The other day, I was playing scales, and I realized mid-note just how cruel I was being to myself. It wasn’t only the conscious thoughts I had about the way I sounded, it was the utter lack of confidence that I could ever sound better. It made me remember an experiment I ran on myself almost two decades ago.
When I first graduated from conservatory, I won a couple jobs with regional orchestras in the San Francisco Bay Area. One of those jobs was as the Assistant Concertmaster with the Santa Rosa Symphony. It wasn’t too long before it was my turn to step up and sit in the hot seat of concertmaster.
The first time doing anything in a new job is always stressful, but in this case I was far younger (and far less experienced) than nearly everyone else in the orchestra. I had won the audition fair and square, but the potent combination of feeling so young plus imagining that everyone would be rolling their eyes at some youngster being in a position of authority really got into my head.
I went to see my beloved audition coach, partially to get musical advice, but mostly to help me conquer my own mind. She suggested I write statements that challenged my negative, catastrophic thinking on post-its and then put them around my apartment and on my music stand. I laughed, thinking it sounded really cheesy, but I didn’t have any better ideas, so I went ahead and gave it a try. I don’t remember what I wrote on them, but my guess is that I wrote phrases that were the opposite of what I was actually feeling. Every time I would see a phrase, I would repeat it to myself. I felt totally ridiculous and I did not believe it would work.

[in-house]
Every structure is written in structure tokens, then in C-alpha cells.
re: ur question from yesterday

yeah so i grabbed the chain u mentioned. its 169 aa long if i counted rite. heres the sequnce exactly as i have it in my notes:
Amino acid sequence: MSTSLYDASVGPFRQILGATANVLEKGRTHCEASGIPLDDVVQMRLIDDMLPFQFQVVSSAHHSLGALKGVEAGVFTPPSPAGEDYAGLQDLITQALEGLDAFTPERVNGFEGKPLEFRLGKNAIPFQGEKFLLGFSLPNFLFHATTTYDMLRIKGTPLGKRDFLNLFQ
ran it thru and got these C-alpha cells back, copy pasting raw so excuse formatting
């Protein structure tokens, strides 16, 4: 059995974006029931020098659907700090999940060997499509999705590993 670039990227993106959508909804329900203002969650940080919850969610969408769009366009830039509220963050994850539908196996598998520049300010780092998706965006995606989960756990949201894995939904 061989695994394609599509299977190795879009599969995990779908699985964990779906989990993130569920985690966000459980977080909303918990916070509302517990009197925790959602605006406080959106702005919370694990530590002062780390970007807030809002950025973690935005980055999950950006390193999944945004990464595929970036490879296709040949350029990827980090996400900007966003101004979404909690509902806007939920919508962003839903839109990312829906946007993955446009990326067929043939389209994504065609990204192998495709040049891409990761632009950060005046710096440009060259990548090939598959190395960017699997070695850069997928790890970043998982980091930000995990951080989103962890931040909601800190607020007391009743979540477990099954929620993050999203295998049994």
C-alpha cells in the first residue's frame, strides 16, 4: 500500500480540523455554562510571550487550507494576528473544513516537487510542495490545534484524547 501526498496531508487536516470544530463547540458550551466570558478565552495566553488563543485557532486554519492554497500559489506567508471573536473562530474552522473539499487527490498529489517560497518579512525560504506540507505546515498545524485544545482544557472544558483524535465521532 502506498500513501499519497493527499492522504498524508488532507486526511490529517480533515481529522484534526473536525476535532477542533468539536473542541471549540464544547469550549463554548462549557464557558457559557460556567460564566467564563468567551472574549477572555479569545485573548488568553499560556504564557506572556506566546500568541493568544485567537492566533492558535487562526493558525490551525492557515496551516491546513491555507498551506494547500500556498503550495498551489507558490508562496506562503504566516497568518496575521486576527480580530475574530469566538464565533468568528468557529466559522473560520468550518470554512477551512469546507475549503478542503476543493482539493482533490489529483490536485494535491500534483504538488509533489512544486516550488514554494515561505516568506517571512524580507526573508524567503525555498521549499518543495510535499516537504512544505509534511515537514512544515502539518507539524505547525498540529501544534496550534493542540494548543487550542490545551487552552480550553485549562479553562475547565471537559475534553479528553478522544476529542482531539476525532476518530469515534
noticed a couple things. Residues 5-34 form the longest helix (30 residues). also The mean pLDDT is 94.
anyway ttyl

But in the end, this experiment did lead to real change, at least, by my own subjective experience. By the time rehearsals rolled around and I was sitting in the concertmaster chair, I was nervous, but I also felt grounded and solid. (Side note: It didn’t hurt that I also practiced and studied the scores - a lot - so that I would feel as prepared as possible.)
Thinking back on this experience, I decided to look into what one of my favorite bloggers says on the subject of negative thought patterns. Dr. Noa Kageyama, the writer and teacher behind the Bulletproof Musician, wrote an article examining scientific literature on the subject. The conclusion of the article is that negative self talk is not the worst thing, as long as it is immediately countered by a positive statement. This fits in with my experience sitting in the hot seat all those years ago - I felt nervous but whenever a negative thought would enter my mind, I would think, “I know that I am prepared.” It really tamed the negativity into something more manageable, as if it went from controlling my brain to sitting a couple feet away.
Fast forward to the present: I am going to run a similar experiment on myself for the next week or so, but rather than use sticky notes, I am going to try adding a positive statement to whatever my inner negative party pooper dishes out. For example, if I think, “Ugh, I sound so gross” I will add “but I know that if I practice slowly with a drone I will sound better.” At the bare minimum, I’m hoping my brain will at least be a happier place to inhabit!
If you give this technique a try, let me know: did it work for you?
(photo credit: Henrikke Due)